William Pickett, emeritus professor of history at the Rose-Hulman Institute of Technology, writes exclusively for V3 on the impact of the web on its 20th anniversary, exploring how it changed the world and how it will develop in the future.
"Suppose all the information stored on computers everywhere were linked. Suppose I could program my computer to create a space in which anything could be linked to anything. All the bits of information in every computer at CERN and on the planet would be available to me and to anyone else. There would be a single, global information space."
This was Tim Berners-Lee's original vision of the web, something that occurred to him while working at CERN in the early 1980s.
Underlying this dream was a desire to benefit society. This urge, his colleague at CERN, Robert Cailliau, has suggested, may have stemmed from Tim's unitarian, universalist creed.
He 'accepts the notion of divinity but in an abstract way', not requiring, for example, that 'you believe six impossible things before breakfast'.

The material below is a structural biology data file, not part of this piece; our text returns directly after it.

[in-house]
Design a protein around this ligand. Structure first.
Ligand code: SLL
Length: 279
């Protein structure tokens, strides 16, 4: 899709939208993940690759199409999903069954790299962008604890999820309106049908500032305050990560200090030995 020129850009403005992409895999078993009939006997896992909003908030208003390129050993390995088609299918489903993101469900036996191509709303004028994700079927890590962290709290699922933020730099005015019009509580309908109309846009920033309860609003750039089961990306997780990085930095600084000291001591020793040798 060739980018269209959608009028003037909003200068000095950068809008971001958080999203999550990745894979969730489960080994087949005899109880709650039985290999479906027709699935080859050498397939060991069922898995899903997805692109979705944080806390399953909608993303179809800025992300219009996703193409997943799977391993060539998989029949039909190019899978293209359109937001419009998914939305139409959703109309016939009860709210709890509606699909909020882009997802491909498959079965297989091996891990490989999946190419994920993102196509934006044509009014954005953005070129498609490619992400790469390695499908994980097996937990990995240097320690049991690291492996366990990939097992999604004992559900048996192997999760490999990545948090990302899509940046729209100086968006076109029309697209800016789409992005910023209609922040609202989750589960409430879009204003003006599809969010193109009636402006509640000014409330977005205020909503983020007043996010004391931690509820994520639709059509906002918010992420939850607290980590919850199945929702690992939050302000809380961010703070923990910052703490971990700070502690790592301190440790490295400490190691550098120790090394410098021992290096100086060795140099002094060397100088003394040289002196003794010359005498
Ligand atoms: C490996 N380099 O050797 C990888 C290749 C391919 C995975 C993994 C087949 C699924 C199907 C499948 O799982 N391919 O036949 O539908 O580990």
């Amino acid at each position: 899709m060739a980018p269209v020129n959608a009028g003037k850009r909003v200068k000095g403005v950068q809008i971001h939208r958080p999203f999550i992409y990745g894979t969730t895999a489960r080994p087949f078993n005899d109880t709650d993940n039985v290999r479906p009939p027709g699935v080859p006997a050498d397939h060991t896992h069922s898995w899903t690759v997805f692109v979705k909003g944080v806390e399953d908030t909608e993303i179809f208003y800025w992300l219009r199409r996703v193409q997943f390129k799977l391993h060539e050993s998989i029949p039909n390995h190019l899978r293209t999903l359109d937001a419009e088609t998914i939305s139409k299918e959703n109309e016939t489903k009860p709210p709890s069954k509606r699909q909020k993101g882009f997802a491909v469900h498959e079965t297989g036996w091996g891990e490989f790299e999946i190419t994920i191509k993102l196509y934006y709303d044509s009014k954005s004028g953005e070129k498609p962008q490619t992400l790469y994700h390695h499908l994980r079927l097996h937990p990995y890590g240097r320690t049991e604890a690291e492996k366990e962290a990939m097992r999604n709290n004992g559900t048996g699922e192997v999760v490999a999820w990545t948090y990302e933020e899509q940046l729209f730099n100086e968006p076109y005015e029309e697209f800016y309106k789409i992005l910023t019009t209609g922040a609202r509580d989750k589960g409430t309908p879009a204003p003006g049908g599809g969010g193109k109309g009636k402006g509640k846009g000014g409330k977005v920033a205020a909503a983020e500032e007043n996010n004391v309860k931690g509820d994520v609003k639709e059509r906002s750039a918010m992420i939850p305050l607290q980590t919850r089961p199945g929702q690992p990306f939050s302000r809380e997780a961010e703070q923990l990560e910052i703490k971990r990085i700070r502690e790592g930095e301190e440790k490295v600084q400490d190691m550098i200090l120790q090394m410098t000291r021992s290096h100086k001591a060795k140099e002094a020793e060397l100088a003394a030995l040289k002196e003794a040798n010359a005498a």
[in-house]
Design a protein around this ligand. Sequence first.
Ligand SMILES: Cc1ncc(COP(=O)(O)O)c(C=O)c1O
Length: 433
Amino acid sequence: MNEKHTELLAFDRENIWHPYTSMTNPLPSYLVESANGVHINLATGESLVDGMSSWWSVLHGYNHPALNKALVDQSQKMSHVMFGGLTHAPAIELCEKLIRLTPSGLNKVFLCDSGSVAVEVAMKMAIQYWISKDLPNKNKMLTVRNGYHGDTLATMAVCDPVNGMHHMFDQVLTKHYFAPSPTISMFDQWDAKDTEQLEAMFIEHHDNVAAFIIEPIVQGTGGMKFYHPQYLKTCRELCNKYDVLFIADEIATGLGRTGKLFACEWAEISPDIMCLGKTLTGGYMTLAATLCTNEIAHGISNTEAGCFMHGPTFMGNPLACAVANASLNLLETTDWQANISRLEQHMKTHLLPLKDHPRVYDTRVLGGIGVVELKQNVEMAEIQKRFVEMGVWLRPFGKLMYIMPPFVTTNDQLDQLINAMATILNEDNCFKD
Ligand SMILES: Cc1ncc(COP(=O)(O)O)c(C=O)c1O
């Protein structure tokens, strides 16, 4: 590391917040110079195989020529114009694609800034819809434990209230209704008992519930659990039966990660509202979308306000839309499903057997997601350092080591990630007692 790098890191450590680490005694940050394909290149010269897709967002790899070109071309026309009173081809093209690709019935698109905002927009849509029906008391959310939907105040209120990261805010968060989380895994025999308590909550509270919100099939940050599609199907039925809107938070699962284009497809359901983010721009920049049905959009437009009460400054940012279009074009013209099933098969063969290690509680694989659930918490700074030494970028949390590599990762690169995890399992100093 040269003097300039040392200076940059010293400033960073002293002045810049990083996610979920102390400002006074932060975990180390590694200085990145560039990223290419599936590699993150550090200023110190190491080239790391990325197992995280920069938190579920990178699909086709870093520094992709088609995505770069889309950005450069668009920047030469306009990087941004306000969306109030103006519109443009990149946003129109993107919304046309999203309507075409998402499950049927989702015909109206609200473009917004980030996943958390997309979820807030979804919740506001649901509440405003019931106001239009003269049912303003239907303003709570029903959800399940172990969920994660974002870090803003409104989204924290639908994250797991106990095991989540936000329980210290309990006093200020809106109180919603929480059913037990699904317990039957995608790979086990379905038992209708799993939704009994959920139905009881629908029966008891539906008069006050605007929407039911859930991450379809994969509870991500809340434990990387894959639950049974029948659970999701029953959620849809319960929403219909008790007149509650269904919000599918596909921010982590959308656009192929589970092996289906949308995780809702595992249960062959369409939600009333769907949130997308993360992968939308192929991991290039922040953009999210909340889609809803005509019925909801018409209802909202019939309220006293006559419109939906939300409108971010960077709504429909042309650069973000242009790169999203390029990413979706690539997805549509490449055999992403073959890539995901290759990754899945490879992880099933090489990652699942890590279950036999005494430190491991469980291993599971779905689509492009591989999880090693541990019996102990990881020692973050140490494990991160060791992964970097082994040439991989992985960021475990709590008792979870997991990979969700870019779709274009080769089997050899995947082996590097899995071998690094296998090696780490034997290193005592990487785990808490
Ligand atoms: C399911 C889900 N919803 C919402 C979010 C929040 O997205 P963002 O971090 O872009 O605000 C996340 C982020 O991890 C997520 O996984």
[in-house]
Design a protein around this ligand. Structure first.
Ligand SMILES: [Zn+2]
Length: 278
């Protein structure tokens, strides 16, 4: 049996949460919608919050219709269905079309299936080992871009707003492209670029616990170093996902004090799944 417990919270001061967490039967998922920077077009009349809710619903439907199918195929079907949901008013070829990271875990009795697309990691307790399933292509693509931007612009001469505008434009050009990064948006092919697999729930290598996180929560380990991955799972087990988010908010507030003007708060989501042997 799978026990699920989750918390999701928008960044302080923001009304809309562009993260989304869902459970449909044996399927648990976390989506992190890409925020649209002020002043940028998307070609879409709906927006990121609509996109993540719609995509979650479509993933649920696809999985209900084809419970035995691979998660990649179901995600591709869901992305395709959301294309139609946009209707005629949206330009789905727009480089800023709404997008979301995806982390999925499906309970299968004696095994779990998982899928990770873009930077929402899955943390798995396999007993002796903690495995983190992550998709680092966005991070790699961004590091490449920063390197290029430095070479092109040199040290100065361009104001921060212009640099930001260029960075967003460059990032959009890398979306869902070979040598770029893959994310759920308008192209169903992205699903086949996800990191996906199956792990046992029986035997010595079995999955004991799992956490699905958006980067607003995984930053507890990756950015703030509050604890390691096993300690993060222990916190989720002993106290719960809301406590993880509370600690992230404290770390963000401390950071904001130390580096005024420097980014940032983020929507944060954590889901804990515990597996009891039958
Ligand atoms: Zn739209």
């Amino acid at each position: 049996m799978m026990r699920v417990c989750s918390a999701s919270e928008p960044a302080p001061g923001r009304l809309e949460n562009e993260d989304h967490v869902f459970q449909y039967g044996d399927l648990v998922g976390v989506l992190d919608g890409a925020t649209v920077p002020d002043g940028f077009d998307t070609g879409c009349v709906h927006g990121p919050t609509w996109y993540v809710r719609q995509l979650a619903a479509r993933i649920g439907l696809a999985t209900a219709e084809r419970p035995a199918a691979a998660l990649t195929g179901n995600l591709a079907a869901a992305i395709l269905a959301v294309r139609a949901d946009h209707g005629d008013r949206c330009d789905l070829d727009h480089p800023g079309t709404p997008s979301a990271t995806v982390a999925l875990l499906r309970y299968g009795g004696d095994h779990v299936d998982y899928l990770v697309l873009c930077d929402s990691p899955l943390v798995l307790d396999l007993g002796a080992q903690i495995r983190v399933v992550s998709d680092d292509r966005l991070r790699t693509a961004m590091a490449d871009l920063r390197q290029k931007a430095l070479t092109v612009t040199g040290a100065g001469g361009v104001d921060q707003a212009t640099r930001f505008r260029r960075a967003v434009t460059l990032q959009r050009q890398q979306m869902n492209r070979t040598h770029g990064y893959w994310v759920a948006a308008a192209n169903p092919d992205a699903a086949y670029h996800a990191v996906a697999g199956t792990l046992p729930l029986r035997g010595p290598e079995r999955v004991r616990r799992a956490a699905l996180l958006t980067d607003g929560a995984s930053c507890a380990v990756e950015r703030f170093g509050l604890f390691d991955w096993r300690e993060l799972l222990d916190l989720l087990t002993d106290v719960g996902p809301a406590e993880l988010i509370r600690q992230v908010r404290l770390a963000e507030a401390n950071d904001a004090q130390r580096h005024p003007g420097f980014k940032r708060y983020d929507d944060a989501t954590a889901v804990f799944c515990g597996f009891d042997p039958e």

Berners-Lee and Cailliau had great hopes for the web and thought it would grow since they offered it free to the world, but they could never have envisioned what it would become two decades later.
How the web touched every aspect of our lives
Little would they have envisioned the power of such companies as Facebook (with over 750 million members) and Twitter to assist in forming interactive social groups throughout the world and in the toppling of certain authoritarian regimes.
Or Amazon, YouTube, Yahoo and Blogger, or Wikipedia, a universal, comprehensive, user-generated encyclopedia, or Google, the most common starting place for queries of every sort.
Or the need for every public organisation and institution to have a web site as part of establishing its identity and accomplishing its purpose, and of smartphones and tablet computers with applications ranging from video viewing, to stock trading, to weather forecasting.
The web has expanded faster than Berners-Lee and Cailliau expected as a result of the efficiencies provided by the operation of Moore's Law and, with the advent of mobile computing, Reed's Law.
The former has predicted accurately that the number of transistors on a computer chip, the power of computers and computer memory, will double every two years. The latter has predicted accurately that the utility of a large network (such as a social network) will scale exponentially in proportion to the size of the network.
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